"It was great for photography because I could put it up against whatever background I wanted," Maine said. "I could put a critter in there, put my camera on it and get all these great action shots of animals."

So he and his wife headed to Haystack Rock, and, while Maine attempted to take photos, people surrounded him, asking questions. His wife tried to distract them by telling them about the tidepools and the rock.

Trouble was, Maine said, "she had the beauty because she was an artist, so she was able to inspire them about the beauty of it all, but she said she felt a little inadequate about (knowing) what the things were in the tank."

Later, she suggested that Maine bring fish tanks to the rock, leave the camera at home and "do this on purpose."

It caught on.

Cannon Beach resident and biology teacher Ed Johnson joined them, along with anatomy professor Bob Bacon, who had a home in Gearhart, former Cannon Beach Mayor Lucille Houston and dozens of volunteers through the years.

"In a way, how could you miss?" Maine asked. "Beautiful creatures in those tanks; people who were already inspired when they got there because of the beautiful ocean; and Haystack Rock. So it was a captive audience.

"From that day on we said, 'This needs to get a life.'"

HRAP did take on a life of its own, with "amazing volunteers" who stayed committed to working their shifts on the beach, even in bad weather, said Linda Newberry, who coordinated HRAP in 1991-1992. "You well know how cold and miserable it is out there," she told the audience, which included many past volunteers. "But it's also magical; there is no more magical a place."

HRAP mitigated the effects that thousands of visitors were having on the rock, Newberry said. Fewer people were taking sea stars back to their motel rooms, and fewer puffins were being chased off the rock.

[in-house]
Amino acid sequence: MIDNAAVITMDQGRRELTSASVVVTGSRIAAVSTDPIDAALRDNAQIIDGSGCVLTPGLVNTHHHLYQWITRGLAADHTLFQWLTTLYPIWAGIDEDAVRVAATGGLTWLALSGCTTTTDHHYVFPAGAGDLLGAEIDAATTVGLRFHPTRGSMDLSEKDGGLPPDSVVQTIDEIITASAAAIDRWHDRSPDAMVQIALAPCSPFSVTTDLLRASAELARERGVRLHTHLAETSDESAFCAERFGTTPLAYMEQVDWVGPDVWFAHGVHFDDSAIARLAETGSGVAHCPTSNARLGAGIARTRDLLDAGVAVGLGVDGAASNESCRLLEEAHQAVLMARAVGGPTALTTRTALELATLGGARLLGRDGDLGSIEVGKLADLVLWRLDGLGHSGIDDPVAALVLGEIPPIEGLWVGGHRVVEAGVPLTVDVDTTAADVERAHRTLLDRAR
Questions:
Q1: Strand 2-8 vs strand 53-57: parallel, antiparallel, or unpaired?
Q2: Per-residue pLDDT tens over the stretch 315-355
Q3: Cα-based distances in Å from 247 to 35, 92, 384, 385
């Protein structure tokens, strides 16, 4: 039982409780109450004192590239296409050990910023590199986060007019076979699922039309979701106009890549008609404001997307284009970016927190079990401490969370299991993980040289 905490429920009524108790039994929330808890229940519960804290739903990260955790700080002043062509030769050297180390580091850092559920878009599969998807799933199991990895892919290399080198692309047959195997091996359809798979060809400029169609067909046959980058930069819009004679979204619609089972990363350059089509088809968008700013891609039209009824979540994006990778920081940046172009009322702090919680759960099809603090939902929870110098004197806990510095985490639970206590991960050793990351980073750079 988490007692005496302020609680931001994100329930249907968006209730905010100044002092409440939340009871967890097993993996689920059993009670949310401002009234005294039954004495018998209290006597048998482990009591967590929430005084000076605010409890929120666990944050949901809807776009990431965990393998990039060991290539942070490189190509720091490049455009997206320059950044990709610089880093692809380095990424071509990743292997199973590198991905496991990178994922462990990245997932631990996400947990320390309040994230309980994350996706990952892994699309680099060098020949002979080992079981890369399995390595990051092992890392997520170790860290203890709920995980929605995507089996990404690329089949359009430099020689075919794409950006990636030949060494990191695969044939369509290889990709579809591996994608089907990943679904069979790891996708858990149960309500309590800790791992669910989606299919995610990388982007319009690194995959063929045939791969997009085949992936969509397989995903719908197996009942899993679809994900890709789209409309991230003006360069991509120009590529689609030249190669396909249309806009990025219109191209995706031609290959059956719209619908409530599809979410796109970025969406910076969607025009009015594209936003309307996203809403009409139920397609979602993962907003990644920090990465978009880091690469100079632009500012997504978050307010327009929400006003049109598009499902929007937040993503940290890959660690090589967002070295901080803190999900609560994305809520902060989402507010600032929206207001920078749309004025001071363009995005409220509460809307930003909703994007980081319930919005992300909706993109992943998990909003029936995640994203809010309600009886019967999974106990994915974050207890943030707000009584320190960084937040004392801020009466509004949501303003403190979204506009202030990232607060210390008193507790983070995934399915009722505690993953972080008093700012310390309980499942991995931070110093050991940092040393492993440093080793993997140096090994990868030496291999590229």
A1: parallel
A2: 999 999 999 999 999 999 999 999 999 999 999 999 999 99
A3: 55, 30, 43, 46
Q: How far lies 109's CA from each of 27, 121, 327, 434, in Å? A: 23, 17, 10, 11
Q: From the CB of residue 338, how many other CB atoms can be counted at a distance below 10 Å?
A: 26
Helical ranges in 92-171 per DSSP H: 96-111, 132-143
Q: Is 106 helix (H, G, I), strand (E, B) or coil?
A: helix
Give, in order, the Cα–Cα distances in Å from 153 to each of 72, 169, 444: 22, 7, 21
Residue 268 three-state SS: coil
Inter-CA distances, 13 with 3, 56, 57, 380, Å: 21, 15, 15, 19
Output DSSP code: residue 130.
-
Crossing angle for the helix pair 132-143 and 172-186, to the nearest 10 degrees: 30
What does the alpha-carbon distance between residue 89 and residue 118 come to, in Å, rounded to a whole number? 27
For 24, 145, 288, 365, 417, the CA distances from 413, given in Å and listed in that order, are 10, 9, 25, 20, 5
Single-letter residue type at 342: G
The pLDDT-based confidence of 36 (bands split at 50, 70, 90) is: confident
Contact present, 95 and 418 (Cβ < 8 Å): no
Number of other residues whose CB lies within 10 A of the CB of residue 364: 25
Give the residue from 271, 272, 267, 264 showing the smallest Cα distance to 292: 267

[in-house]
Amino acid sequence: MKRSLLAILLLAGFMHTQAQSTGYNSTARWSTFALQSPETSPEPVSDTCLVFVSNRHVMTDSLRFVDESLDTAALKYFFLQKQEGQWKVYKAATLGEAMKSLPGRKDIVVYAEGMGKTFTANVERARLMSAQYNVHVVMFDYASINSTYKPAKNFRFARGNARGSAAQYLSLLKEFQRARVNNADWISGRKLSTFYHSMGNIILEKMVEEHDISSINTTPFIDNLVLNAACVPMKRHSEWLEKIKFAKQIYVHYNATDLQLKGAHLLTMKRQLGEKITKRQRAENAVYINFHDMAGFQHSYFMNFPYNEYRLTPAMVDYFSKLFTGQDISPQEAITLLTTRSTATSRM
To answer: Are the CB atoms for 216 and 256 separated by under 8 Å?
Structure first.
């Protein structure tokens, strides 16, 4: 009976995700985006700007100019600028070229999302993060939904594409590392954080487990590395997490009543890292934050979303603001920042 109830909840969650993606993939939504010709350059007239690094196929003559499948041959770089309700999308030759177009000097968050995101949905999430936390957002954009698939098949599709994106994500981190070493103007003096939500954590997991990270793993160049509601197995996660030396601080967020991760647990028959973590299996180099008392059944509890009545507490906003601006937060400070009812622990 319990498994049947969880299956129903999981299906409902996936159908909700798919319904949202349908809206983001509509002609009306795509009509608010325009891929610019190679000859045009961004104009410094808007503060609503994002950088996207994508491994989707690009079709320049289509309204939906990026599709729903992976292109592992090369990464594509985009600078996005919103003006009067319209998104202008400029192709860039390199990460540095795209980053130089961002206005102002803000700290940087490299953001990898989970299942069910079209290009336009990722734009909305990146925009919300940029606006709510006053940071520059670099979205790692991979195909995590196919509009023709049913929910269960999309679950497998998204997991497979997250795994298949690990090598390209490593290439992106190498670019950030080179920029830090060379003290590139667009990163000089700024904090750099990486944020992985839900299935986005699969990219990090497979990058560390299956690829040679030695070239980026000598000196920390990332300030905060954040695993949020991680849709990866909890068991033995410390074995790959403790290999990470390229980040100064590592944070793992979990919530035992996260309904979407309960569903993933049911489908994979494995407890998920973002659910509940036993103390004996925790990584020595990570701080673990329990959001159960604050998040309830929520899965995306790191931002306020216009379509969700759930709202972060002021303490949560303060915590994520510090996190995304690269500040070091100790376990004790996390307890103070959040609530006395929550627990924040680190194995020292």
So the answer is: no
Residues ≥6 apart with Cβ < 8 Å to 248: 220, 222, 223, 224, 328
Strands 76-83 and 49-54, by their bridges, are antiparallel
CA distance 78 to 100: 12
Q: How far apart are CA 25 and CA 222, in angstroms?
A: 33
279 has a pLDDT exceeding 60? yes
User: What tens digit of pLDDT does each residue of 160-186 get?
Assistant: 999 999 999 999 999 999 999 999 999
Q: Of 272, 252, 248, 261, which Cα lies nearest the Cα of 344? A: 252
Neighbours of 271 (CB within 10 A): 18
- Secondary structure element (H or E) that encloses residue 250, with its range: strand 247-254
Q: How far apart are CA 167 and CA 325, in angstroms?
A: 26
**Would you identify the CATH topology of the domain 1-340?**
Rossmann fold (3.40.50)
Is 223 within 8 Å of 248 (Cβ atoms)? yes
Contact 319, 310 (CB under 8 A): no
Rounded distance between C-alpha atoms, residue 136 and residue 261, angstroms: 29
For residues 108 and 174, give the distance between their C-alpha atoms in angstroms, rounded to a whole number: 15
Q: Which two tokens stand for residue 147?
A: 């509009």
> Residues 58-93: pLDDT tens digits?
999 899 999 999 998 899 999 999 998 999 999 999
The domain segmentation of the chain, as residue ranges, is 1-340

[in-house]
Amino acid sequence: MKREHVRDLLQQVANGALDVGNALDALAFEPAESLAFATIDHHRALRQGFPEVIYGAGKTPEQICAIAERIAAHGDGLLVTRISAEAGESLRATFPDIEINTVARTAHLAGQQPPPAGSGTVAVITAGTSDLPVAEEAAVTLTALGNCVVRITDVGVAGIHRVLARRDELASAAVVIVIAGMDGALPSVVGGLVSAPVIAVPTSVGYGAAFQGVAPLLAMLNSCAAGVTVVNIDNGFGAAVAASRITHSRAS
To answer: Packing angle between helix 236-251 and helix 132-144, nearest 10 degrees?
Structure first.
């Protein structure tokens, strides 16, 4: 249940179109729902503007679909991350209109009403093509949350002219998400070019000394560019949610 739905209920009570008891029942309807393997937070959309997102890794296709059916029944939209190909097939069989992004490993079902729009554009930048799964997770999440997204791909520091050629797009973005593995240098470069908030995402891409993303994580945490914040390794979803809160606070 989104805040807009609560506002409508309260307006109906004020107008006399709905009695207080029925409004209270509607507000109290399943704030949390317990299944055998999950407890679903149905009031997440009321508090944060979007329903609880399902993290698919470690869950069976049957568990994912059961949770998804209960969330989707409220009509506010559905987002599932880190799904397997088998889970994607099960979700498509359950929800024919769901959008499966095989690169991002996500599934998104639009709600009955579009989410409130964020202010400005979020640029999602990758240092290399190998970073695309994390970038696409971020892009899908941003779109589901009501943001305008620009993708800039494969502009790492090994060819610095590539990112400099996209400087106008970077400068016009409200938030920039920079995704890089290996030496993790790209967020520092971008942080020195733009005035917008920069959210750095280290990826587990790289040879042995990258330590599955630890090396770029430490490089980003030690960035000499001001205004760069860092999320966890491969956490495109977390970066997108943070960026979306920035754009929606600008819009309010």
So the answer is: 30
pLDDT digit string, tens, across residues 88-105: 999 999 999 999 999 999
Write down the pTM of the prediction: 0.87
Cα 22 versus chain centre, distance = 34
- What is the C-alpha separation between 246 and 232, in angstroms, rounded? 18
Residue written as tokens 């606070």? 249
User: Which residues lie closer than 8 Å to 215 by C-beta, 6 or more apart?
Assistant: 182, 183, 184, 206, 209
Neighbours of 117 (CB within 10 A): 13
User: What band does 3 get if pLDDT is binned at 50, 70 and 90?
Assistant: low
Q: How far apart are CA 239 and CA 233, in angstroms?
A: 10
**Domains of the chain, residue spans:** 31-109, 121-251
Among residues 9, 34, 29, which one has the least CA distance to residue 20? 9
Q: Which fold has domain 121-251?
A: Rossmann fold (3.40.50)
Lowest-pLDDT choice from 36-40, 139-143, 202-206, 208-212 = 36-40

"People would come walking down the beach, sleepy, with their cup of coffee, and lo and behold! Here was this really cool stuff and they had no idea what it was. And they got to learn it through really enthusiastic, well-trained volunteers."

HRAP also served as a training ground for other projects, she said.

"We were volunteering at Haystack Rock, but we were also starting the North Coast Land Conservancy, we were volunteering for the EPA (Environmental Protection Agency) to monitor wetlands up the coast, we were doing the marine mammal stranding network and all sorts of other projects.

"We had learned that basic idea of enthusiasm, excitement and science and combining them all together," Newberry said.

Her experience working with Maine and HRAP also gave her a new direction.

"It certainly set me off on my life of working in natural resource programs in a way that is unimaginable," she said.

HRAP has not gone unnoticed by state and federal agencies. The program received two awards Saturday night.

Roy Lowe, project leader for the U.S. Fish and Wildlife Service Refuge Complex on the Oregon Coast, presented a partnership award for stewardship of the Oregon Islands National Wildlife Refuge, which includes Haystack Rock.

The refuge stretches from Tillamook to the Oregon-California border, noted Lowe. "There are 1,854 rocks, reefs and islands," Lowe said. "But there's one rock I don't have to worry about, and it's right out here."

Bob Bailey, manager of the Oregon Coastal Management Program, praised city officials and HRAP volunteers for their support. He presented them with the Oregon Coastal Award for Habitat Protection, from the state Department of Land Conservation and Development.

"These are positive, proactive people working out of the love of their hearts and the love of the place where they live and sharing it with others," Bailey said. "It's a win all the way around."

___

Information from: The Daily Astorian, http://www.dailyastorian.com
 

Copyright 2010 The Associated Press.